In National Corn Growers, the pesticide carbofuran was registered for use in 1969 by the EPA and has been safely used for pest control for a variety of crops for more than 40 years.  Recently, however, the EPA overlooked “material issues of fact” raised by the National Corn Growers and revoked all tolerances for carbofuran without a public hearing. In a decision that gives sole discretion to the EPA to determine the fate of hundreds of thousands of products already in the market, the D.C. Circuit held that courts must defer to the agency.  The court declared that differences in scientific studies are insufficient for judicial review, essentially writing “material issue of fact” out of the Act.

Cato joined the Pacific Legal Foundation in filing a brief arguing that Supreme Court review is warranted because the D.C. Circuit undermined the legal requirement for a public hearing under the FFDCA.  Moreover, because this case sets a precedent for other regulated products and allows government agencies to unlawfully deprive citizens of their property without adequate access to court review, we argue that the Supreme Court should take this case to: (1) establish the proper standard for review under the FFDCA for a public hearing; (2) curtail abuse of the administrative process; and (3) establish that complete deference is not compatible with a summary-judgment-type proceeding.

The right not to be deprived of one’s property without fair process is a bedrock principle of American jurisprudence.  The Court should reinforce this principle and ensure that statutory safeguards intended to protect this right are not ignored. 

Thanks to Cato legal associate Caitlyn McCarthy for her help with the brief and with this summary.

Libya: War Without Policy

No clear plan yet guides the foreign military intervention likely to start in Libya this weekend or shortly thereafter. There is instead a coalition forming in service of a hazy United Nations authorization of a tactic: a no-fly zone or air strikes on military targets. The goal is vague.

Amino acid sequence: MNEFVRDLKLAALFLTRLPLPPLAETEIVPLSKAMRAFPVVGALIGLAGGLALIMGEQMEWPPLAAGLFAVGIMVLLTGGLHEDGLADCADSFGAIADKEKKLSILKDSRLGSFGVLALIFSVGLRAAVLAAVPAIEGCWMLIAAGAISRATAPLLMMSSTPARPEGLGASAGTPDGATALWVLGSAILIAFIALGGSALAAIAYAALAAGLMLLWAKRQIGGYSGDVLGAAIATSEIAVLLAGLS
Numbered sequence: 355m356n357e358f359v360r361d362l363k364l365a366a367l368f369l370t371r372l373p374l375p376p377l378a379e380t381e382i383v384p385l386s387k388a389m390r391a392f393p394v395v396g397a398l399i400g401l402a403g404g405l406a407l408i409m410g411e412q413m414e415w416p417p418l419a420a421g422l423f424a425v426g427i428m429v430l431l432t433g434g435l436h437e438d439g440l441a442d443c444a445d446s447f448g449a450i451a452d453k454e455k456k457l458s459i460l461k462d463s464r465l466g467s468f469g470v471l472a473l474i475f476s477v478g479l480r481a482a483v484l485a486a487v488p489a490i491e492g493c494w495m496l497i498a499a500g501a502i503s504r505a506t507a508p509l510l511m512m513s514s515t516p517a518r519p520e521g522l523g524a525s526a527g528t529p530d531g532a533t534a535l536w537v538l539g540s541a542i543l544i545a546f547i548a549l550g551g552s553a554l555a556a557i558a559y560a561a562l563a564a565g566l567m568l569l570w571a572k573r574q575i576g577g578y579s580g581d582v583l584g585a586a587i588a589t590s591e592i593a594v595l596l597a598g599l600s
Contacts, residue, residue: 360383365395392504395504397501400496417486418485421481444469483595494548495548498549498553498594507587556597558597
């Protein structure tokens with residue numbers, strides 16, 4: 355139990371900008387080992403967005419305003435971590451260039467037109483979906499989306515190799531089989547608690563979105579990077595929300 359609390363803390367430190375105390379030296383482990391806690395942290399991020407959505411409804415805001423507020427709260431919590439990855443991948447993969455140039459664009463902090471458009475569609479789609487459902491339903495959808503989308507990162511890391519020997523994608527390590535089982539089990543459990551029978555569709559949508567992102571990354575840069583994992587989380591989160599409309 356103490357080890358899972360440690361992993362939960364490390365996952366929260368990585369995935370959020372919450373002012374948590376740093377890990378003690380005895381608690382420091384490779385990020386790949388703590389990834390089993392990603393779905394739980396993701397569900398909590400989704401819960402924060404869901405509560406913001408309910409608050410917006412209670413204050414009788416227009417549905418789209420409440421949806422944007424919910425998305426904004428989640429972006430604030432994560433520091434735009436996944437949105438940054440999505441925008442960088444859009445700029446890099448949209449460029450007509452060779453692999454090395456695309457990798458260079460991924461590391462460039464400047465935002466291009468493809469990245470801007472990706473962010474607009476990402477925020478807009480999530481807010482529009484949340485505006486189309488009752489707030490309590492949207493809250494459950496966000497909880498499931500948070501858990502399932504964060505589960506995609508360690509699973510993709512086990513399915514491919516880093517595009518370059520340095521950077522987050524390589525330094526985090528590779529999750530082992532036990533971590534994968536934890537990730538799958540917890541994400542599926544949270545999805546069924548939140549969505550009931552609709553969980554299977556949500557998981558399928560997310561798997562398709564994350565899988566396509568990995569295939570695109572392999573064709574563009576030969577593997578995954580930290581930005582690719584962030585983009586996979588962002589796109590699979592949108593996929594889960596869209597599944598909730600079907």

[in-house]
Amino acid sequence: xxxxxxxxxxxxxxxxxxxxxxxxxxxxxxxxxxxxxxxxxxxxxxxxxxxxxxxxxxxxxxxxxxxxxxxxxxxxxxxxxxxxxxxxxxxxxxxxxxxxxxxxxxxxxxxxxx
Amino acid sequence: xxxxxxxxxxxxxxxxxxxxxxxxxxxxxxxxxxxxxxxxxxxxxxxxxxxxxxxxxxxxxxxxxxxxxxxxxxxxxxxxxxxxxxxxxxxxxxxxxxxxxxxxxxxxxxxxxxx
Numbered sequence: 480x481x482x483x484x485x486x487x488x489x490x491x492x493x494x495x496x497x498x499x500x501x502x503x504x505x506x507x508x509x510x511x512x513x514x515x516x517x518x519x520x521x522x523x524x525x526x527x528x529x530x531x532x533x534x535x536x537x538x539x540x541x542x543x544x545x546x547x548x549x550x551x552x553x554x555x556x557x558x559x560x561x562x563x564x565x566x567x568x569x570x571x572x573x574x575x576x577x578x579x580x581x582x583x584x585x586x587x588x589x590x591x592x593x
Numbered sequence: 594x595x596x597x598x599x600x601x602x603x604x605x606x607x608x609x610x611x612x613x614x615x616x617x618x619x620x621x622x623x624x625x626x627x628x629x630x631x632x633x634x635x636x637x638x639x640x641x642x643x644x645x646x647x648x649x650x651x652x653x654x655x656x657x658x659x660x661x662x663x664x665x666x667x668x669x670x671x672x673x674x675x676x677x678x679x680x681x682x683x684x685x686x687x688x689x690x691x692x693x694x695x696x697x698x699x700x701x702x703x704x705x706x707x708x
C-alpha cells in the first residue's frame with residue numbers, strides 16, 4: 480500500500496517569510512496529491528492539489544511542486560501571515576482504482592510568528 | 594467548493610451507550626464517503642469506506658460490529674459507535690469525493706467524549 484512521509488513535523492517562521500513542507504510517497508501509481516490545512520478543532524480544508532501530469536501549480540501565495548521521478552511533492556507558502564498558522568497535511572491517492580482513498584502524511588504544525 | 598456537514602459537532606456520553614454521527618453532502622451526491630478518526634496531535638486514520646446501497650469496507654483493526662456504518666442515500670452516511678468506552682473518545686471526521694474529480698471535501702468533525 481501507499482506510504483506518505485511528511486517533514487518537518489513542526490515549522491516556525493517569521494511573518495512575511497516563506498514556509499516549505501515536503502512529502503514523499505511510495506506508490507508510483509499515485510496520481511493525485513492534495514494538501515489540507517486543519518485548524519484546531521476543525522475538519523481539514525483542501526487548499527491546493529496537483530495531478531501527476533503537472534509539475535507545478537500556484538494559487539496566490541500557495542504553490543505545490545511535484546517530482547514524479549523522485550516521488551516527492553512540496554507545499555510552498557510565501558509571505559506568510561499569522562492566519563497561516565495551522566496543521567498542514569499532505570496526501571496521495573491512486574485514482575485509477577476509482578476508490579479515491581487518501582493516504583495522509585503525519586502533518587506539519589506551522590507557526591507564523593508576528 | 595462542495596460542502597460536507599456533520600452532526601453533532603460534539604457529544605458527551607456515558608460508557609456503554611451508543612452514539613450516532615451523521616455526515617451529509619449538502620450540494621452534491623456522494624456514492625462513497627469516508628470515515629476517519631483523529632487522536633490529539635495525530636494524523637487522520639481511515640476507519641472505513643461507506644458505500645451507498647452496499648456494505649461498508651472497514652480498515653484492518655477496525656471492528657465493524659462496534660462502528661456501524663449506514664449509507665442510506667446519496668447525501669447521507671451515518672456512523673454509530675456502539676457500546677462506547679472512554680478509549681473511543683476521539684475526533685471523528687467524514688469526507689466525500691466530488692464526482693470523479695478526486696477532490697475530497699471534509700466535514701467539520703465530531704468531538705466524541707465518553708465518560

According to the French, the British, the U.S. secretary of state, and the wishes of many of people we are trying to help, the aim is to overthrow Qaddafi and establish something resembling a representative democracy. According to the U.N. Security Council resolution passed last night, the U.S. president, and the Arab League, we are fighting to protect Libyan civilians.

If our goal is simply to minimize civilian suffering, it is not clear that we should take the rebel side, rather than hastening Qaddafi’s victory. Even a repressive autocracy will likely kill fewer civilians than protracted civil war. Every sentient observer understands, however, that we are taking sides in this war, not simply enforcing peace.

The tactic that all participants now agree on — a no-fly zone — does little to serve either goal. With the Libyan regime’s air force suppressed, the rebels will still likely lack the material and organization to hold the territory they now control, let alone conquer Tripoli. The danger to civilians comes chiefly from ground forces. If, however, air power is used for close air support, it might tip the balance of power in the rebel’s favor. If air strikes can target Qaddafi’s units as they drive east, the strikes can protect many civilians.